Friday, September 14, 2007

POST #7 Theodicy, Evil's Riddle

With this post, we launch into a discussion of the “Problem of Evil”. This post is part one of a three part discussion ...

From a distance we all have enough,
and no one is in need.
And there are no guns, no bombs, and no disease,
no hungry mouths to feed....
God is watching us. God is watching us.
God is watching us from a distance.

Bette Middler popularized these Julie Gold lyrics in her 1990 hit single, “From a Distance”. In the shadow of the First Gulf War, our nation sang along as the recording climbed the charts to #1. It expresses the highest hopes of many postmodern minds. God, if he exists at all, must be the God of the deist: distant, uninvolved, perhaps even uncaring. Why is God watching us only “from a distance”? Because if he were truly here, he would surely do more to correct the many evils of the world.

Deism is that belief which conceptualizes God as something of a watchmaker. He designs and creates the watch, sets it to ticking, and then never picks it up again. Deism was born in the wake of an earlier war, the devastating 30 year war in Europe. It gained traction from the scientific advancements of the 17th and 18th century. But deism is primarily an effort on man’s part to harmonize the notion of a God with the realities of the evil and suffering we see on earth.

From the standpoint of the skeptic, there is no greater barrier to belief than the problem of evil. It is the issue most often cited by the atheist and the agnostic. It has been called the “rock of atheism” (Hans Kung). All my adult life, I have struggled with this problem, and the standard Christian responses. The problem can be summarized by the following broken syllogism:

1) If God is personal, good, loving and compassionate; and
2) if God is all-powerful, in control of the cosmos; then
3) how and why does atrocious evil, including man on man violence and what is sometimes called “natural evil” (earthquakes, tsunamis, hurricanes, meteorites, etc) resulting in so much human suffering and death, continue to exist.

The problem of evil is by far the most rational and forceful argument in the arsenal of thinking unbelievers against an all-powerful, benevolent God. It is also the most difficult riddle for thoughtful people of faith.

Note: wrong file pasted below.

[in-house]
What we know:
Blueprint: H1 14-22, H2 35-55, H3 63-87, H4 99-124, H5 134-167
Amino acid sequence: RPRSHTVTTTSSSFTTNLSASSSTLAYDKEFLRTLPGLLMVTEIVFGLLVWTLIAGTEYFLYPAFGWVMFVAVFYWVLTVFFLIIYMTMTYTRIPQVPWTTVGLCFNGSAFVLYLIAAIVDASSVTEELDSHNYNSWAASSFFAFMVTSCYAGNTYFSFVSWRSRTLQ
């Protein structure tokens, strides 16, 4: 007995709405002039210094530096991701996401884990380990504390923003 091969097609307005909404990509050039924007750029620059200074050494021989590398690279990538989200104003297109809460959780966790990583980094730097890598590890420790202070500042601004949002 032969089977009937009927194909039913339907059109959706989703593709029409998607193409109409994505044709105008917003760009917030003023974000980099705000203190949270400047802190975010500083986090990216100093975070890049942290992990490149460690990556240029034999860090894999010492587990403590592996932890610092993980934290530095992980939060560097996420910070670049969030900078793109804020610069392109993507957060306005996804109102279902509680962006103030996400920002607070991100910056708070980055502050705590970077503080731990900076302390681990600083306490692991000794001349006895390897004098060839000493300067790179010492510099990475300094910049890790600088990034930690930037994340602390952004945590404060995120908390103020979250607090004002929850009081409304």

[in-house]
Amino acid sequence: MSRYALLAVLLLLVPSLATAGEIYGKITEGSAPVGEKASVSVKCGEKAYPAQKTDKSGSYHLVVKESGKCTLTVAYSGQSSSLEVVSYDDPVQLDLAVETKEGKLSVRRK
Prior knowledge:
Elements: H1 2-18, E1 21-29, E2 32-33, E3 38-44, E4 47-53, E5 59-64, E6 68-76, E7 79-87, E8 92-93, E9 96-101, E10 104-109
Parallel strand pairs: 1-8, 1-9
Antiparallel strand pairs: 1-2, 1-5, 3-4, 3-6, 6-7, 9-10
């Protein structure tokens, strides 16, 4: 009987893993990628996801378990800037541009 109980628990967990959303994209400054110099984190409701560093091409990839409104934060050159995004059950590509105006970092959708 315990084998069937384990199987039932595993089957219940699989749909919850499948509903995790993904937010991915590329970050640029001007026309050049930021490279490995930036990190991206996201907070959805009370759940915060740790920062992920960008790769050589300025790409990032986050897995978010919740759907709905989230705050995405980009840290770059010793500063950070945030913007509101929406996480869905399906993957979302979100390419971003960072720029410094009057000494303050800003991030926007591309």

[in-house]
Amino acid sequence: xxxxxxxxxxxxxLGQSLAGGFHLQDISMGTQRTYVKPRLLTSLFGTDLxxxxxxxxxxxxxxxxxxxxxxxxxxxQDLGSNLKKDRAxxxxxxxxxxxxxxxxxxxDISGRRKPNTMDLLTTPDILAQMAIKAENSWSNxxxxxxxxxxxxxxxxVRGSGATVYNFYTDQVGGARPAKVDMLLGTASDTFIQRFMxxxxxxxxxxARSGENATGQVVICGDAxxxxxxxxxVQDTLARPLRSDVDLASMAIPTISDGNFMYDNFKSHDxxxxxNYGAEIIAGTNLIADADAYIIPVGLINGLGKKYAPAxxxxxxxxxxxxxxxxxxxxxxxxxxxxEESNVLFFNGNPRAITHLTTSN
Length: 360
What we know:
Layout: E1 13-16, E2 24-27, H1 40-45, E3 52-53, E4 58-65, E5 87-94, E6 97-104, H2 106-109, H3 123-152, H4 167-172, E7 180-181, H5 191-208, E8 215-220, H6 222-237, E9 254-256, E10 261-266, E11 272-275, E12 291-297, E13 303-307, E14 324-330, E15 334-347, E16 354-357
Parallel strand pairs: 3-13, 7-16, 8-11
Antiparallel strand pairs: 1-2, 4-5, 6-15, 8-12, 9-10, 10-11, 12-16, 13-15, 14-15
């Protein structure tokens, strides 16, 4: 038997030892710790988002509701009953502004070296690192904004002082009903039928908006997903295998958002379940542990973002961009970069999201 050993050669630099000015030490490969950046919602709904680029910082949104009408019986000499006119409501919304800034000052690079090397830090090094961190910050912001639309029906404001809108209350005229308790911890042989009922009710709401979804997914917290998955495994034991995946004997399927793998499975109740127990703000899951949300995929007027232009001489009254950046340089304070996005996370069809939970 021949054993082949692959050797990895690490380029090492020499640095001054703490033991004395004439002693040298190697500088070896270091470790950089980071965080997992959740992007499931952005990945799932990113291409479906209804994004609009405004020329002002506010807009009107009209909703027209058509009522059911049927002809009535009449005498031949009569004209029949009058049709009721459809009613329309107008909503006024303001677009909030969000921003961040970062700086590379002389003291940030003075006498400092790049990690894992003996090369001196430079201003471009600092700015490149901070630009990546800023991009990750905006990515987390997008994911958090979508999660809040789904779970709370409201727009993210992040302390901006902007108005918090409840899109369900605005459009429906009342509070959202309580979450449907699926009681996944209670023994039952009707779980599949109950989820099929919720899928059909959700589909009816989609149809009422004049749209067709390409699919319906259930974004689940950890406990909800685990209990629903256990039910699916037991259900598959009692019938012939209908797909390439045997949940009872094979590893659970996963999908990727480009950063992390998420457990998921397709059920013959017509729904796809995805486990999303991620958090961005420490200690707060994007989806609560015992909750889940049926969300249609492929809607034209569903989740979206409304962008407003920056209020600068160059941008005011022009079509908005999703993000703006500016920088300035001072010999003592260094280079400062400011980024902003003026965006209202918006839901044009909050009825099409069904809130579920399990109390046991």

The greatest mind of the last century, Albert Einstein, struggled with belief in a God. His own theory of General Relativity predicted that our universe had a beginning, and thus, a First Cause. But this conclusion he found distasteful, and he tried to overcome it with new theories. But when Edwin Hubble’s telescope established the origin of the universe from a single point, Einstein finally yielded to the necessity of a Creator. His own discoveries led him to abandon his earlier agnosticism, and he become a professed believer in God. But he settled upon the god of the deist, as he could never bring himself to believe in the Christian God or the God of his own Jewish upbringing. Einstein rejected the notion of a personal God. The reason? he could find no way around the problem of evil.

The many horrors of the 20th Century served to deepen this troubling conundrum. The Jewish theologian Eugene Borowitz commented on the Holocaust:

“Any God who could permit the Holocaust, who could remain silent during it, who could ‘hide His face’ while it dragged on, was not worth believing in. There might well be a limit to how much we could understand Him, but Auschwitz demanded an unreasonable suspension of understanding. In the face of such great evil, God, the good and the powerful, was too inexplicable, so men said, ‘God is dead.’”

The horrors of the Holocaust are all too well known. For their evening entertainment, Nazi soldiers trucked small Jewish children to their bonfires, dumping them into the fire. As the terrified screaming children attempted to flee the flames, Nazis armed with pitchforks stood guard, barring their way. The drumbeat of evil touching the lives of our most vulnerable continues to roll: every day, on some street in Thailand, or perhaps another country, some small child is whisked away from his or her parents, and sold into sex-slavery, destined now to die of some horrible disease at a young age. And God looks on.